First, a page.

Techlines - Commonwealth of Kentucky Technology News


Commonwealth Takes Interoperability Training on the Road


April 2, 2004

If you're one of Kentucky's first responders - the first to arrive on the scene during an emergency - you already know the challenges you face communicating with other public safety responders by radio. Multiple agencies operating on multiple frequencies using various protocols makes effective communication difficult. It's this lack of interoperability between first responders that drove the need to create the Kentucky Wireless Interoperability Executive Committee (KWIEC) in 2003. KWIEC was formed to address communications interoperability, a homeland security issue which is critical to the ability of public safety first responders to communiate with each other by radio.

 

"It is more than obvious that something is wrong when the only way for police officers from neighboring departments to communicate with one another is to pull their cruisers side by side and roll down their windows."

National Institute of Justice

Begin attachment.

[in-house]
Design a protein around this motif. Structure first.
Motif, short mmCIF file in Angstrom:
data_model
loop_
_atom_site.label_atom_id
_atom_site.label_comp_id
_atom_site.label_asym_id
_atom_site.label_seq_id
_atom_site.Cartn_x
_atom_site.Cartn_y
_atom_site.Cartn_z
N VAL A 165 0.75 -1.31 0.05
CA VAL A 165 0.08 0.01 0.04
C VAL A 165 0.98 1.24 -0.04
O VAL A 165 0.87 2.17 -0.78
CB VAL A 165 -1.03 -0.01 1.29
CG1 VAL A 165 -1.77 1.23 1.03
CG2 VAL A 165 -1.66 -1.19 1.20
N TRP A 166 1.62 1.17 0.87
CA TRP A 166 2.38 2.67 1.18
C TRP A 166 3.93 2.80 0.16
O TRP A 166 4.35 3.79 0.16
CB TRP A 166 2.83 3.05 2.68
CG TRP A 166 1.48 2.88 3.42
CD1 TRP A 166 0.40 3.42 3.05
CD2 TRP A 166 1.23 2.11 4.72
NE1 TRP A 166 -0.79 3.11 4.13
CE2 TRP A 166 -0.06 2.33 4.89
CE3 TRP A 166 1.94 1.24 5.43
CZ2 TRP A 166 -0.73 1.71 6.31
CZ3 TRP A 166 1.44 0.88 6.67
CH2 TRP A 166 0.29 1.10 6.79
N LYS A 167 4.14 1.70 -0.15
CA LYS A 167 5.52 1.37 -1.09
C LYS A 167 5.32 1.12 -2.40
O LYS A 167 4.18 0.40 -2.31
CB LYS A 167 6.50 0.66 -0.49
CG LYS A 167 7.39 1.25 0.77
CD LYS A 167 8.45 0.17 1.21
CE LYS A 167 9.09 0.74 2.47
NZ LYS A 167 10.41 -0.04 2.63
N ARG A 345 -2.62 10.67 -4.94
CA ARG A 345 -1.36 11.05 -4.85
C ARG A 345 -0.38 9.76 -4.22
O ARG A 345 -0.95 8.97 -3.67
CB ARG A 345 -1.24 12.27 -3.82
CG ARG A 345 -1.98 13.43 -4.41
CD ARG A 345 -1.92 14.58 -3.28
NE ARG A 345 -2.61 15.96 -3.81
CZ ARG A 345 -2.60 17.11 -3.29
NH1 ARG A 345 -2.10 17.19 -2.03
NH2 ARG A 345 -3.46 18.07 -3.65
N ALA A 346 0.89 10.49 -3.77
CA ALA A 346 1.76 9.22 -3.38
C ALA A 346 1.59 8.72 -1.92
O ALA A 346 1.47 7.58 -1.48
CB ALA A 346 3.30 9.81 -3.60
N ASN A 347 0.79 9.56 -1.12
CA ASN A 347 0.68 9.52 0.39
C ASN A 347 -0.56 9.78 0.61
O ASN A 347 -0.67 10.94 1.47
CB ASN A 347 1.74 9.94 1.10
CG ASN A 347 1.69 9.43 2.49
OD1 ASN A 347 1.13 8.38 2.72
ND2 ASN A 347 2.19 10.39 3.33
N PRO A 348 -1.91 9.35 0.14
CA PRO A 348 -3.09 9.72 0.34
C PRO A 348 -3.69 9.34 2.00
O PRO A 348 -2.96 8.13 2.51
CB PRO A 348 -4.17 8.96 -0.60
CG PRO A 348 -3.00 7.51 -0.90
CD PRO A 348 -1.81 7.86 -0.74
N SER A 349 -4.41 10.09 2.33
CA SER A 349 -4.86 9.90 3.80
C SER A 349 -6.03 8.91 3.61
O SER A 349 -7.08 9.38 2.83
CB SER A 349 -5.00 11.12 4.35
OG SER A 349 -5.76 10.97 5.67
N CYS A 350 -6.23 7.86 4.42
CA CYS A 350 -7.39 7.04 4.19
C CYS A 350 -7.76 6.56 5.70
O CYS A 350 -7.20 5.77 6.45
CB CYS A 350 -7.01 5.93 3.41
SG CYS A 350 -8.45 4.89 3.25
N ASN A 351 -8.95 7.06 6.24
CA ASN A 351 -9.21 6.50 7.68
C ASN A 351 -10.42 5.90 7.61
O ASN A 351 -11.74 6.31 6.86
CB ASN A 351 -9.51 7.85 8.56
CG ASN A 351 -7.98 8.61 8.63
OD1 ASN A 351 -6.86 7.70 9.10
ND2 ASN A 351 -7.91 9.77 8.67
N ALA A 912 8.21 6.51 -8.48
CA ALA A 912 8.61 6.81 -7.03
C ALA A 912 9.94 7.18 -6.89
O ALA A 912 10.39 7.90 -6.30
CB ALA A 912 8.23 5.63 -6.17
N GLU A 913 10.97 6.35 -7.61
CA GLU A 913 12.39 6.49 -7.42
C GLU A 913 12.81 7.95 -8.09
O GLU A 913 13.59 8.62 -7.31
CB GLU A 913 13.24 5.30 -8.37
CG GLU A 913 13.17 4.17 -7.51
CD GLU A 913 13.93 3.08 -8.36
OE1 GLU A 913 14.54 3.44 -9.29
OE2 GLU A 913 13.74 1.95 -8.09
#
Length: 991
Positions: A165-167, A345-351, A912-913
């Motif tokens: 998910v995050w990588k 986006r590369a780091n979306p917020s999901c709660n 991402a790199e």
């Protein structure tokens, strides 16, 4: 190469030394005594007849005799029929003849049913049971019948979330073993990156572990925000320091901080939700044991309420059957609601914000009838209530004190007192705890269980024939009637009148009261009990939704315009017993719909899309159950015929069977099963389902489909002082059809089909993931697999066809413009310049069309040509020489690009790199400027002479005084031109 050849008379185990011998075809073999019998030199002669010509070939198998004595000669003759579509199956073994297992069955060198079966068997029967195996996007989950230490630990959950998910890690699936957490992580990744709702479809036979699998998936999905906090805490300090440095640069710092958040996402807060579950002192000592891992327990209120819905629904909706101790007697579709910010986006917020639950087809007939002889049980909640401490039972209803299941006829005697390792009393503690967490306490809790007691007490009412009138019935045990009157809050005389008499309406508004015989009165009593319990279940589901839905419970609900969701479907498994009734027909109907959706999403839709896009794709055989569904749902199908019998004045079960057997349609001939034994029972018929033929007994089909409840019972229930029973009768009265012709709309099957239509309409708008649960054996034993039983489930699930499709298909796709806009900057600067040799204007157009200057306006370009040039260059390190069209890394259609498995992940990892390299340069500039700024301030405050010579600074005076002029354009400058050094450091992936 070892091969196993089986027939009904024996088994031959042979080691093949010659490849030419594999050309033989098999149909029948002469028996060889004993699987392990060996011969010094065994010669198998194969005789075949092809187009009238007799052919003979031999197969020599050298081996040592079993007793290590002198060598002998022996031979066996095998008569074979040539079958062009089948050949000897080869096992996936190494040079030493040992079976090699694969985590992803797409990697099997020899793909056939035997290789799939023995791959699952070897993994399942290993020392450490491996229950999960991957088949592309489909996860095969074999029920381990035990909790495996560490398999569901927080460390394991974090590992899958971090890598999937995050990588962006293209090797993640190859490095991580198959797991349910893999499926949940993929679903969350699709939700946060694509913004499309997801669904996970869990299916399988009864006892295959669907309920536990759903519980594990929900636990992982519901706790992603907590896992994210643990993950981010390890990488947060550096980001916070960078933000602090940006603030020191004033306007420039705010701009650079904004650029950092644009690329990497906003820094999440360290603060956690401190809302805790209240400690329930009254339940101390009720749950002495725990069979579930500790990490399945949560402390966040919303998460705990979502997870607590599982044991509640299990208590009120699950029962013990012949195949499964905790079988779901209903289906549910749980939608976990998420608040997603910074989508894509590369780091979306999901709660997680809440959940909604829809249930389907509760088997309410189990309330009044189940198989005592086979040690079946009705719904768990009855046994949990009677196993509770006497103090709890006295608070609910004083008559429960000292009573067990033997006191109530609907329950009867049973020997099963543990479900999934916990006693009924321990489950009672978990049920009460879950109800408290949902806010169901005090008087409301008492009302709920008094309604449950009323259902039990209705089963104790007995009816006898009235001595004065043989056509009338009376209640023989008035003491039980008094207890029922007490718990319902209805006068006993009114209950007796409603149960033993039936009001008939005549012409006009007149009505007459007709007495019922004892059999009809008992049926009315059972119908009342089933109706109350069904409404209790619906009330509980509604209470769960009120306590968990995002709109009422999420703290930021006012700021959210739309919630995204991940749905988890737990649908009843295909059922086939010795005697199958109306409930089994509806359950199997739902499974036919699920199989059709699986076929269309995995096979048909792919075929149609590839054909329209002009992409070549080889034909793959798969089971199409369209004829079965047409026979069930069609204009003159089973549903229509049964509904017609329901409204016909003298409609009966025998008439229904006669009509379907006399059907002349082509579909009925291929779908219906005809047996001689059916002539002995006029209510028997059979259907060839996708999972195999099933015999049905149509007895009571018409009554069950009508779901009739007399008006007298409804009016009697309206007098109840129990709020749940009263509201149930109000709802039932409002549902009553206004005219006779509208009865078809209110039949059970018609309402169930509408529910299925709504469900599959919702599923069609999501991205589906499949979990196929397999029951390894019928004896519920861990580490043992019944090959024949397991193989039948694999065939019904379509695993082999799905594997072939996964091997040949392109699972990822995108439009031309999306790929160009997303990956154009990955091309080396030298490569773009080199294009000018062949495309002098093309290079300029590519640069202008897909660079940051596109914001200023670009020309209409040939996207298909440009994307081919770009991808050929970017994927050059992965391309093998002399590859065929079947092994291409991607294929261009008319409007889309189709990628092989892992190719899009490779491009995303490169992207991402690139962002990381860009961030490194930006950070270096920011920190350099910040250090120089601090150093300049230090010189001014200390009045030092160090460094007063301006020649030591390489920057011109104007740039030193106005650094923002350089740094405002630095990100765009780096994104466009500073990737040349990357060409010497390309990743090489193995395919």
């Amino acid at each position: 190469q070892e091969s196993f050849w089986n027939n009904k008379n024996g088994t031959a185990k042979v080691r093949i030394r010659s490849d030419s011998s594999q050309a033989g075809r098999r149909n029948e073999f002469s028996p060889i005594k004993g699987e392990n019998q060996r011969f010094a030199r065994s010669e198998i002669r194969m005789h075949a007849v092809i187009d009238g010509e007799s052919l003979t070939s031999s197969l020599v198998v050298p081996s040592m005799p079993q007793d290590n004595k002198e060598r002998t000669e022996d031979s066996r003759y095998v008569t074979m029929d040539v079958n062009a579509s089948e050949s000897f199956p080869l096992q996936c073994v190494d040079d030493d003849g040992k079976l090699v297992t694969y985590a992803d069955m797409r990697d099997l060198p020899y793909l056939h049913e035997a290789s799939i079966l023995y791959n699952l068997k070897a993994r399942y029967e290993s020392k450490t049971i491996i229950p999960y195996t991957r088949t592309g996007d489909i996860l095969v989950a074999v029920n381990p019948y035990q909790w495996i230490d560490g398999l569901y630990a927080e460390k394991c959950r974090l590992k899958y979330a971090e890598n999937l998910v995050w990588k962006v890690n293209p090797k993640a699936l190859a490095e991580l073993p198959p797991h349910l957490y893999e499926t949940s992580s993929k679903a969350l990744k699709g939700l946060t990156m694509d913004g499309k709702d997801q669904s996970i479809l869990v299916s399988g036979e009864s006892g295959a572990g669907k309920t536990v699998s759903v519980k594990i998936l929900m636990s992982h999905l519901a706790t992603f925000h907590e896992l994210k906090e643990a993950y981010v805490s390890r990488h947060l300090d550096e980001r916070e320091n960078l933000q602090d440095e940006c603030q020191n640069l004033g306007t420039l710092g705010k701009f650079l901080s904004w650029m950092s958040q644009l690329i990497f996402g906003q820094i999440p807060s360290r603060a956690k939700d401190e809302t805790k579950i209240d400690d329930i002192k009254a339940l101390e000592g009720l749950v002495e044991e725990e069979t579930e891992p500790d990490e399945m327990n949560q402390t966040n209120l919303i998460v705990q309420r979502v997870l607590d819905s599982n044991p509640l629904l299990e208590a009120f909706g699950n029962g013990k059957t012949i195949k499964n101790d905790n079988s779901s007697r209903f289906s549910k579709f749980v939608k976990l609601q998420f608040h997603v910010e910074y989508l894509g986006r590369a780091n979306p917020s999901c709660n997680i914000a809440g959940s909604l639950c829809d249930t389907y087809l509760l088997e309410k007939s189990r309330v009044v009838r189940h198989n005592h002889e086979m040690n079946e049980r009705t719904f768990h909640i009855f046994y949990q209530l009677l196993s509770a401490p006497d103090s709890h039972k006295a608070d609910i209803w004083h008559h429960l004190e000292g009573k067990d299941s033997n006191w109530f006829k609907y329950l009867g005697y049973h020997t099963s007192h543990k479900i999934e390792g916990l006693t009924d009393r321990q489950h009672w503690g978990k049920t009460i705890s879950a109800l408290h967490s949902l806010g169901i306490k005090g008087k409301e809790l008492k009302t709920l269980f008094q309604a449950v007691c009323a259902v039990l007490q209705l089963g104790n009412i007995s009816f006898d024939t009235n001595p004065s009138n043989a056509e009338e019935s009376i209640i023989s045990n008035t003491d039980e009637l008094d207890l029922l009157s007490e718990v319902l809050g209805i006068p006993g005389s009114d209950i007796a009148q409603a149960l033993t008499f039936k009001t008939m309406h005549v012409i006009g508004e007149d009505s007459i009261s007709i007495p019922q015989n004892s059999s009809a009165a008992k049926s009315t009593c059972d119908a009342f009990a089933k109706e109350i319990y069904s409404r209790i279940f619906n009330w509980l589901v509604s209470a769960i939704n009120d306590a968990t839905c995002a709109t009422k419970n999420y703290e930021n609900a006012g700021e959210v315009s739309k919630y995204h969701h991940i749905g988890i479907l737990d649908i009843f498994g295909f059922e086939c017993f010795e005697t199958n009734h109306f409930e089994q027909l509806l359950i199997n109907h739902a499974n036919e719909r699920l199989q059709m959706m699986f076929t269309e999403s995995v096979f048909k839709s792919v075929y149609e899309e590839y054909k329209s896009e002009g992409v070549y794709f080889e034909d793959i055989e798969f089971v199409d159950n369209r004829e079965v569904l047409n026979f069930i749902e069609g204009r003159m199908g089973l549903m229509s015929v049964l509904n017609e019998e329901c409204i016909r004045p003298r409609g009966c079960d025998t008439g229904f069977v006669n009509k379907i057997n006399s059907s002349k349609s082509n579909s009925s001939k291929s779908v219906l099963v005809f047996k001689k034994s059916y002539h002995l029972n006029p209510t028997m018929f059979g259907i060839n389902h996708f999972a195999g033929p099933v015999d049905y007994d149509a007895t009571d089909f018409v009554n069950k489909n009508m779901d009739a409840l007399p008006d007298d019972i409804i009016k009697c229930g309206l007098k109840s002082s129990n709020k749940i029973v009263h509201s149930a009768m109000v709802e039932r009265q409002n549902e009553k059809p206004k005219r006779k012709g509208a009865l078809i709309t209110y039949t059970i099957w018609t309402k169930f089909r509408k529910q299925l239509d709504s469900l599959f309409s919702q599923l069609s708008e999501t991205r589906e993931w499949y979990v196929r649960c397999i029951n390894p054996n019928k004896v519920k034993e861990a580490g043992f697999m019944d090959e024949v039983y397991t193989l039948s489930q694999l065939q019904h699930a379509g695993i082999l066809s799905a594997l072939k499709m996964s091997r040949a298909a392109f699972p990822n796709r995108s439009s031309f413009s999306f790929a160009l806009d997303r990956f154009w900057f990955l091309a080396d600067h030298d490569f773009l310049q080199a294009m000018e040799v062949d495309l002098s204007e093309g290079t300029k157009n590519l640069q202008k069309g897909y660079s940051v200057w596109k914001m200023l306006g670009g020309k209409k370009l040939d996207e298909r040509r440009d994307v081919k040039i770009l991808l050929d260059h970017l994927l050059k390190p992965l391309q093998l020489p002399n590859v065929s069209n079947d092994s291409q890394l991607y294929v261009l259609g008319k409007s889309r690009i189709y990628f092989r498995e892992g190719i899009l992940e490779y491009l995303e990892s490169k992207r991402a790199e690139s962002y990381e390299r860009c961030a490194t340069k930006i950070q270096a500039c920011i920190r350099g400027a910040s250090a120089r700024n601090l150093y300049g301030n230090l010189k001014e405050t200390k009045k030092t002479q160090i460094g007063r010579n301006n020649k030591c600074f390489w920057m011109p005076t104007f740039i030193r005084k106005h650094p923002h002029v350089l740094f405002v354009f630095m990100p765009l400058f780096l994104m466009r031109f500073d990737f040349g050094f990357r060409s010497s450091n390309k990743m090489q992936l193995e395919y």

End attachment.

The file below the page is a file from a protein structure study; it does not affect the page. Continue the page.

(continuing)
Now KWIEC is taking interoperability training on the road to introduce Kentucky’s Public Safety Awareness Initiative Program to first responders statewide.

The goals of the program are:

  • To establish educational sessions
    as an outreach strategy for public safety personnel
  • To educate first responders and stakeholders of the importance of communication interoperability
  • To engage local and state leaders regarding communication interoperability that contributes to a secure, seamless communication infrastructure among public safety personnel

The training will cover the importance of coordination and partnerships, wireless technology, issues of funding and spectrum management. The training program has been funded with federal homeland security grant money and the first training sessions will begin in May. The programs will be open to first responders and representatives of government and will be taking place in state facilities across Kentucky.

Spectrum Management: One Example
Public safety radio spectrum refers to the array of channels, like those on a television, available for communications transmissions. These channels are a finite natural resource - they cannot be created or discovered. In many communities, not enough spectrum is available for public safety use in general. Even less is available for interoperability purposes. Scarce spectrum results in congested radio channels and increased interference, limiting the ability of public safety personnel to communicate.

To find out more about the formation of KWIEC, see House Bill 309

To learn about KWIEC's expanding role in statewide interoperability, see House Bill 226 which was passed on March 23, 2004 and has been sent to Governor Fletcher for signage.

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